Face forward: papier mâché masks bring out the best in T.T. Venkatesh.
A toy-sized robot that snakes through air ducts to clean them.
Behind the Scenes
Companies that help eco-friendly TERI take care of its campus and students.
How I Did It
Manek N. Daruvala, (T.I.M.E)
Manek N. Daruvala's business is managing his Rs 188-crore business.
By Sunaina Sehgal
Imaging by Binesh Sreedharan
Manek N. Daruvala never saw
himself as a businessman.
When he took up tutoring as a
part-time job though, he was
forced to think otherwise. Not
only did he instinctively take
to teaching, he quickly
realised that the coaching
business was a lucrative idea.
Today, Triumphant Institute of
Management (T.I.M.E), his
institute has grown into a
Rs 188 crore company. Still,
Daruvala makes sure he has
time for his real business—
I don't come from a family of entrepreneurs though my dad did manage
a medical store. But, I didn't spend time in the shop learning the
ropes, as they say.
As a boy, I never imagined I'd run a company one day. I studied in a
small school in Devlali near Nasik. I was a good student. My future
was well mapped out. After school, I pursued my BSc in chemistry
from Bombay University. I topped there. I also got admission into
IIM, Ahmedabad. I knew I'd finish my studies and start working.
I wasn't passionate about business management. I did an MBA
because by then there was quite a buzz around it. Everyone was talking
about it. So, I decided to join the bandwagon. Even during the
course, I never even once thought of running a business.
Right after IIM, I worked for Godrej and then Boyce. I was part of the
firm's marketing and sales division for five years. It was in my job that
I first started thinking about doing something of my own.
Godrej was paying me Rs 8,000. It was a decent salary but I was struggling.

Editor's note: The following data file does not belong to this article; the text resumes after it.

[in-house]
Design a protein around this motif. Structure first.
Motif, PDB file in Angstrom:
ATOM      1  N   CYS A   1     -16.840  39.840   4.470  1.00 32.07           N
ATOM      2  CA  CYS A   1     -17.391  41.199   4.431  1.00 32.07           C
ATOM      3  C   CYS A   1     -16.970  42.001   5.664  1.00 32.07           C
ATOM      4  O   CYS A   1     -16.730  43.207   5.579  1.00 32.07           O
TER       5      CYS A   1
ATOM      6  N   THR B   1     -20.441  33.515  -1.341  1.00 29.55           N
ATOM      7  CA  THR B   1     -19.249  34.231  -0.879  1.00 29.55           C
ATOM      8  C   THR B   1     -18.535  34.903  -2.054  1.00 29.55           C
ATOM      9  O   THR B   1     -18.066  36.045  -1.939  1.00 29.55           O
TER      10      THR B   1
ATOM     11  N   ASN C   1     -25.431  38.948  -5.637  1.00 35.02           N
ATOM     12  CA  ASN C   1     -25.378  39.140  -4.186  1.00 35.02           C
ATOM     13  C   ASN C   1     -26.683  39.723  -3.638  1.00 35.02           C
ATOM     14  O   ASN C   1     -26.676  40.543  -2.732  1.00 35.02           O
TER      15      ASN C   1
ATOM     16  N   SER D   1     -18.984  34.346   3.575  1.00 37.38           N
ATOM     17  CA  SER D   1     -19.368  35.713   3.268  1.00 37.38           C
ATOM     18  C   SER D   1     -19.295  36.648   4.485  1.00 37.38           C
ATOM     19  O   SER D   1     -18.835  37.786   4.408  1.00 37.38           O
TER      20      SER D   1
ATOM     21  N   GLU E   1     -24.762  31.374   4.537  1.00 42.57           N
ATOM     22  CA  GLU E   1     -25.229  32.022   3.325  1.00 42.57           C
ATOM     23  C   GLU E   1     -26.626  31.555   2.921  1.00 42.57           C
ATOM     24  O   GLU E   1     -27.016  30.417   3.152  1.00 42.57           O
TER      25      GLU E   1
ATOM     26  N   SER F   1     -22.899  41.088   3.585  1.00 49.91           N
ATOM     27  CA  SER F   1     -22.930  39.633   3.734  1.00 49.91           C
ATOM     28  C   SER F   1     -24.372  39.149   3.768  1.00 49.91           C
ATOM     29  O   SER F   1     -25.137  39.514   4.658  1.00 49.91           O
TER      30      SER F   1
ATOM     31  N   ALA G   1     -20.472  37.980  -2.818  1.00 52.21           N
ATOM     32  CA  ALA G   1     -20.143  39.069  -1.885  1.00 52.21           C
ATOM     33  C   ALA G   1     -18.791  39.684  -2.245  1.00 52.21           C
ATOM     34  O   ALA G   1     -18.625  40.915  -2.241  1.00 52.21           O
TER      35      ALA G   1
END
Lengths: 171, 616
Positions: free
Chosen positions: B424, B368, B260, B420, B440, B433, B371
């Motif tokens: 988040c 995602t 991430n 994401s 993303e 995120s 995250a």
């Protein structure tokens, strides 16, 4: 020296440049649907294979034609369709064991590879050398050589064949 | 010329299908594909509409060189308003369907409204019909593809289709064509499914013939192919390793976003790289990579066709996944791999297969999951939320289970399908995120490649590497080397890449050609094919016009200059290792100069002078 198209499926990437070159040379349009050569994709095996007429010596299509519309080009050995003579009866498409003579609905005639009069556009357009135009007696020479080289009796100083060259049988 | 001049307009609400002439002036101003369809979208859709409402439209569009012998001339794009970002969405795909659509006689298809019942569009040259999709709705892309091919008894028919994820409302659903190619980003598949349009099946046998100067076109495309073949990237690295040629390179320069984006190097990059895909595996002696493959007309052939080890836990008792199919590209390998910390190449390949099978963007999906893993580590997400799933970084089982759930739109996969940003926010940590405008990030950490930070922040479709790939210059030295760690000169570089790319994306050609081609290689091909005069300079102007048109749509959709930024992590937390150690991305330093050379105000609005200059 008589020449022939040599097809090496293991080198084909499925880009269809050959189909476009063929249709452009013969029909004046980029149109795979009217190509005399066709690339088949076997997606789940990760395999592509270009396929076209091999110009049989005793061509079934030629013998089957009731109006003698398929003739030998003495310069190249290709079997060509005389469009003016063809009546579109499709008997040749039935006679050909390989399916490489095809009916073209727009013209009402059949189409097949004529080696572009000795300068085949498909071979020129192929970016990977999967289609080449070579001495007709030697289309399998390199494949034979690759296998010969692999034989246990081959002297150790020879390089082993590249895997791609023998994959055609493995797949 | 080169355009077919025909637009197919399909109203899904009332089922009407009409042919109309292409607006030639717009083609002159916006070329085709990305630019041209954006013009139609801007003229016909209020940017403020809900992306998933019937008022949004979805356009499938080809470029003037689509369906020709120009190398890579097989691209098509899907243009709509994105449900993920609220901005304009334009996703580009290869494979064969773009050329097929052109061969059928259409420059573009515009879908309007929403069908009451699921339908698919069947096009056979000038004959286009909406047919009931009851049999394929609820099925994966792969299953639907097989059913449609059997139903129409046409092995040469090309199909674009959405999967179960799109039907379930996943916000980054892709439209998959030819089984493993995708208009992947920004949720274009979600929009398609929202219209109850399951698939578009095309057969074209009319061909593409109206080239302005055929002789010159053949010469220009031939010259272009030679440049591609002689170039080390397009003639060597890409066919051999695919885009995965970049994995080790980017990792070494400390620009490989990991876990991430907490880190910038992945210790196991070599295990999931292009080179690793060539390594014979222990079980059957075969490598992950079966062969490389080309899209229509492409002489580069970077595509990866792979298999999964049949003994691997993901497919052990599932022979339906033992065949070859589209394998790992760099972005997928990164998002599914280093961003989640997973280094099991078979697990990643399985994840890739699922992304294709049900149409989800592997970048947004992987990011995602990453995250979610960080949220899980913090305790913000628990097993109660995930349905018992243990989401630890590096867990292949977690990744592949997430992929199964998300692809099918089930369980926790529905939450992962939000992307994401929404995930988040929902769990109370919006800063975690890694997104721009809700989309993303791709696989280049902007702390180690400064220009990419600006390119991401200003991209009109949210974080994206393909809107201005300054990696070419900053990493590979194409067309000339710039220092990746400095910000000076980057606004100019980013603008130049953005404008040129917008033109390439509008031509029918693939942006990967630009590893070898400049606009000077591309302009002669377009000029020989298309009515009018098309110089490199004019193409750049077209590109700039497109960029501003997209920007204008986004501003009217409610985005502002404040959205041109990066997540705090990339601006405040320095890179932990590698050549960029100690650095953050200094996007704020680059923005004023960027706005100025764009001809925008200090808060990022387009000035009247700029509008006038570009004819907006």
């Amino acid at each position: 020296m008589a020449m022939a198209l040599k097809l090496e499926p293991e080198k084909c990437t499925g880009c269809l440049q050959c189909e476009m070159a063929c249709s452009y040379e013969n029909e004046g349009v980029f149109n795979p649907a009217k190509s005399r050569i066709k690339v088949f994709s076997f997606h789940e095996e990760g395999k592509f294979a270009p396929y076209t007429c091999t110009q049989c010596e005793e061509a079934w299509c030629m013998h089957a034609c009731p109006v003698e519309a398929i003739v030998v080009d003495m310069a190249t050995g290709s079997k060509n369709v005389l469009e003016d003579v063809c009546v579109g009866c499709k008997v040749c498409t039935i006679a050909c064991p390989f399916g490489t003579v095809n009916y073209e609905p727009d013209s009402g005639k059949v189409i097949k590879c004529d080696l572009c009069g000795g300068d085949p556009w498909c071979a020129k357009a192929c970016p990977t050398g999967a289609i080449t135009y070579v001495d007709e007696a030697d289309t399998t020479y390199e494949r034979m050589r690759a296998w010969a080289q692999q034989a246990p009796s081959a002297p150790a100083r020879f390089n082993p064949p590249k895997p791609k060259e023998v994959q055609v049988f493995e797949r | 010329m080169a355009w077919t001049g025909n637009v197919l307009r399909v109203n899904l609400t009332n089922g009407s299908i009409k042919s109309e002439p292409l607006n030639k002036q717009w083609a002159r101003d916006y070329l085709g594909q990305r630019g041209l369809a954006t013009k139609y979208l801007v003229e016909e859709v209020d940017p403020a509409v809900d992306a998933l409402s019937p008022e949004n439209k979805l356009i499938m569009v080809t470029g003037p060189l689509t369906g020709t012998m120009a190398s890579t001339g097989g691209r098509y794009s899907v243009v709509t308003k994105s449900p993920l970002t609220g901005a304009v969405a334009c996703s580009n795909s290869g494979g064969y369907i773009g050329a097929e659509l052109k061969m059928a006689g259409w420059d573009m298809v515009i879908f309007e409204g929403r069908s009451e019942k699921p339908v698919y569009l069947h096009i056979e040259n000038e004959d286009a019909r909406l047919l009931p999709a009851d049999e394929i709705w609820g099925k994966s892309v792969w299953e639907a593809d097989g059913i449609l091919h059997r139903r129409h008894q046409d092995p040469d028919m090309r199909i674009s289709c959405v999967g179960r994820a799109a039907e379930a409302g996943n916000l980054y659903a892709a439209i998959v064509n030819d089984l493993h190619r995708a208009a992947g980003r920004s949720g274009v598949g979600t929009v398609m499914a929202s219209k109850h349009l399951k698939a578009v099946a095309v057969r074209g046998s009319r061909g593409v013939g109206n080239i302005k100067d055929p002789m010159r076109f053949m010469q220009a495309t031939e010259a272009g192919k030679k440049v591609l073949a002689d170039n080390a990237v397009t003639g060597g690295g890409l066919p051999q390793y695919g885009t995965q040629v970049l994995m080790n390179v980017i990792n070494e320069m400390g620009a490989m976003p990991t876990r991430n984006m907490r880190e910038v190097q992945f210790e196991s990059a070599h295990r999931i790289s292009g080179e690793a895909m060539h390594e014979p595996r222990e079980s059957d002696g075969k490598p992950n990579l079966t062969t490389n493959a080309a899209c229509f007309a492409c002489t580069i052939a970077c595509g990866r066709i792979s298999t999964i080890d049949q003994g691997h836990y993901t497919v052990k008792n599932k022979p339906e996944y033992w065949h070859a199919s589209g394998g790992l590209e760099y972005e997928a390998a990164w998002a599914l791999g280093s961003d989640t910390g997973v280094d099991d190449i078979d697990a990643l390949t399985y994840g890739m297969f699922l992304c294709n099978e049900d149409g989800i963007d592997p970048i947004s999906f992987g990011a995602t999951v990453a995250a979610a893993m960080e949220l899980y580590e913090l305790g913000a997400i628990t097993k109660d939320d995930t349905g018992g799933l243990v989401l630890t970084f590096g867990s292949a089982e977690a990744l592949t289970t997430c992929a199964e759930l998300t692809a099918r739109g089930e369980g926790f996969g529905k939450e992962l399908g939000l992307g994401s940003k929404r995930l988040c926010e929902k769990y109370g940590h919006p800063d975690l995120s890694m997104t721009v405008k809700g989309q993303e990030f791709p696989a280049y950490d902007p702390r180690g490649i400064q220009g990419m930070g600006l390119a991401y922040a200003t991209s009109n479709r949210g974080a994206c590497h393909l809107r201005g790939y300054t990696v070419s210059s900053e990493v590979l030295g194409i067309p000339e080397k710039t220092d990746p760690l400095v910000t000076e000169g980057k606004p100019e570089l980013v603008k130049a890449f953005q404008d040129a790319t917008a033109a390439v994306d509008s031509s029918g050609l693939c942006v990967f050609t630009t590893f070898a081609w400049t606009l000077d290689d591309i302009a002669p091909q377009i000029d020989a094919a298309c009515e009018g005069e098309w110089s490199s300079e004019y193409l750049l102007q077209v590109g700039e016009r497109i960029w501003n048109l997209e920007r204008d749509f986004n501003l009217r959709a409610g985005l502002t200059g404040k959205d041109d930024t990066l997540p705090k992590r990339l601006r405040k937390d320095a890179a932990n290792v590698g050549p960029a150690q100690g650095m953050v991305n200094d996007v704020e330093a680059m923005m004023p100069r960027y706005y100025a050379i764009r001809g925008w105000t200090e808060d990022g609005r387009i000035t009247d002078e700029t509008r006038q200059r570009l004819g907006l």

I had to repay my student loan and support my parents financially.
I ended up having to look for part-time jobs. I saw teaching as a
viable option. Soon, I was tutoring college students. Over time I
realised that the effort and energy spent on my regular job could be
synergised into something more meaningful like a coaching centre.
It might not have been apparent to even me at first. But, I am ambitious.
Extra money has always been welcome. The yeh dil maange more feeling was always there. Since I was
dabbling with education already, I figured
it'd be the right sector for me to begin in.
I didn't have a plan to start with nor did I
extensively research the market. I did some
basic study on the courses and curriculum
I should make available. There were no
concrete, fancy business plans.
I roped in a former colleague of mine from
Godrej, P. Viswanath, and together we
decided to start Triumphant Institute of
Management Education (T.I.M.E.) in 1992
With a plan in place, I quit Godrej. But I
didn't stop working altogether. I joined VJ
Info Systems, Hyderabad as its head of education
and training division. I thought it
was important to understand the education
sector. This was in 1991. During the
interview, I was frank with them. I told my
bosses at VJ that I'd like to start my own
outfit sometime and couldn't commit to a
long tenure with them. They welcomed my
honesty and let me come on board.
We realised that a steady input of resource
was a must for a start-up. So while Viswanath
quit Godrej, I continued to work for another
year. Together we pooled in Rs 16,000, borrowed
Rs 8,000 and rented out a 150 sq ft office.
We pegged our firm as a training institution
for the all-India Common Admission Test
(CAT), conducted by the IIMs.
Since we both had jobs, we would take